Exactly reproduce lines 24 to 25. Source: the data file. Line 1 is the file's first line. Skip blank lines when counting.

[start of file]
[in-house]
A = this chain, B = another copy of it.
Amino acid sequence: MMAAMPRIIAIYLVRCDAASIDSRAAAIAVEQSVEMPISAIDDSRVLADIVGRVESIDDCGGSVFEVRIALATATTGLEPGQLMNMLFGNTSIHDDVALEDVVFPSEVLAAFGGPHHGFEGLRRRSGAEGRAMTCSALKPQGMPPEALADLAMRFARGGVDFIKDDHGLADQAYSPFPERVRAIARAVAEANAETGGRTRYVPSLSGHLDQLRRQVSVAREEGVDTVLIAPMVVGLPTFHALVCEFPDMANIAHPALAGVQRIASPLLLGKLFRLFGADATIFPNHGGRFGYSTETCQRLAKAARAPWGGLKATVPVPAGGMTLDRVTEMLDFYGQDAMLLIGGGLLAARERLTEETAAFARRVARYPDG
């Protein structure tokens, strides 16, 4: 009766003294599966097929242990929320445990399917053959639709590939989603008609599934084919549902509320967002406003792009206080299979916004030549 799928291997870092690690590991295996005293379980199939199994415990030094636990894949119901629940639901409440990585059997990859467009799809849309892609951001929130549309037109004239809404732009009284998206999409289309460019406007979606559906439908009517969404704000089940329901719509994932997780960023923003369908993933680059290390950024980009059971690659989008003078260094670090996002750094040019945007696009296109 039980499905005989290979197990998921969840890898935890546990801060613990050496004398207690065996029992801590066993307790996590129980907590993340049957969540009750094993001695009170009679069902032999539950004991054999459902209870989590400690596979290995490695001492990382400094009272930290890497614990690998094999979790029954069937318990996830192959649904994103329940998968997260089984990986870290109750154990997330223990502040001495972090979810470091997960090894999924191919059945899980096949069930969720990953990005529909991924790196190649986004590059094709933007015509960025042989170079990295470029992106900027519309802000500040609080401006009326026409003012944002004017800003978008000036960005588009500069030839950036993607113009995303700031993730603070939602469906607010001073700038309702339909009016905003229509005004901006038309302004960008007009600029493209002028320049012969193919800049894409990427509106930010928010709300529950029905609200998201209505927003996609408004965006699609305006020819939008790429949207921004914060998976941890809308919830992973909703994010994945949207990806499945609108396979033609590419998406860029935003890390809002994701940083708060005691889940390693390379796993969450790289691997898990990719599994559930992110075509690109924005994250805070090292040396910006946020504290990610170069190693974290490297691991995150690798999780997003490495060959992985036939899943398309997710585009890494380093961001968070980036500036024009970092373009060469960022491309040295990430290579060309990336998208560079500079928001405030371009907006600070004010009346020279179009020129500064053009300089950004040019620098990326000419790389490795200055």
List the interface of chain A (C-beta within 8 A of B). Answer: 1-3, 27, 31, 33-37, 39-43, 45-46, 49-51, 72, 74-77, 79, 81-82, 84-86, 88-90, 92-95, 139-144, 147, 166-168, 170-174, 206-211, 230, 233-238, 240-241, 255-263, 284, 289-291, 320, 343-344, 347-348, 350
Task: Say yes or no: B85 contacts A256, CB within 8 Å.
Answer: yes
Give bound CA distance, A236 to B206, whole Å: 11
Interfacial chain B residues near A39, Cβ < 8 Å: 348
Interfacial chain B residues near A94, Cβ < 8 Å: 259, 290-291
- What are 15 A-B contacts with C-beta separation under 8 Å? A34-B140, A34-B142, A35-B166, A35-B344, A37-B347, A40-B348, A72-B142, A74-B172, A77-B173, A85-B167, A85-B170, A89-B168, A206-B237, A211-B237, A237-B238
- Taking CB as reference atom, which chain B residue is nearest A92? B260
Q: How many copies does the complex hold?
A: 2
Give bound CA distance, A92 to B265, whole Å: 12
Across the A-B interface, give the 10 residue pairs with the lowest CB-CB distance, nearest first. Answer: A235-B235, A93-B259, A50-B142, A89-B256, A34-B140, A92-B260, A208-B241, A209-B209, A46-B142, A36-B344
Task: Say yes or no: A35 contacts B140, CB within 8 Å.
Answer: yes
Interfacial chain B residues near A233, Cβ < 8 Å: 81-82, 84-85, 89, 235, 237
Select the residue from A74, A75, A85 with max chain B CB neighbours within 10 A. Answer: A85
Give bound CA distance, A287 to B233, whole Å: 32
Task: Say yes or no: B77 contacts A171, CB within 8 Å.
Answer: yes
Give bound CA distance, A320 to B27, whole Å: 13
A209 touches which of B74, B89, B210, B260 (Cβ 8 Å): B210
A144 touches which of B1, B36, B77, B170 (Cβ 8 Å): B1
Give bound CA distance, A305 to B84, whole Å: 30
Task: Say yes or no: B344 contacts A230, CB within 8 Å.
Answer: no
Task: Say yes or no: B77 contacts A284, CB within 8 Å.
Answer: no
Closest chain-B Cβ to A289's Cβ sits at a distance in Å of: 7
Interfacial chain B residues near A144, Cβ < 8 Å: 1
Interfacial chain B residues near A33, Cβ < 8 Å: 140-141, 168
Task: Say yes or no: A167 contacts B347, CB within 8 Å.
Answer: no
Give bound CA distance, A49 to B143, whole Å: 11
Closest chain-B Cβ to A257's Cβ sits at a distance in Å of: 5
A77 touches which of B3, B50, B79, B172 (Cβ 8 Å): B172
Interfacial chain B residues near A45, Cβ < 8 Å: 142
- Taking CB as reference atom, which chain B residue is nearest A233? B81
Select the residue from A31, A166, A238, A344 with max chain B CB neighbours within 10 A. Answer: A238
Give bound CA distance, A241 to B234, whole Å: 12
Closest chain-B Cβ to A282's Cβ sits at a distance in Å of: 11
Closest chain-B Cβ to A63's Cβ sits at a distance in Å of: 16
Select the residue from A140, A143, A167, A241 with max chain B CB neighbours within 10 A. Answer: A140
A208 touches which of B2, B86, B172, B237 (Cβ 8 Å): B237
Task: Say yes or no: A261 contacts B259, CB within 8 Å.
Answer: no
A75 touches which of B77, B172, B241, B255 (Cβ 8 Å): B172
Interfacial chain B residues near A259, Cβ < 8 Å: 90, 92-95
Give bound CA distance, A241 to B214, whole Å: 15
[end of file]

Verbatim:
Give bound CA distance, A320 to B27, whole Å: 13
A209 touches which of B74, B89, B210, B260 (Cβ 8 Å): B210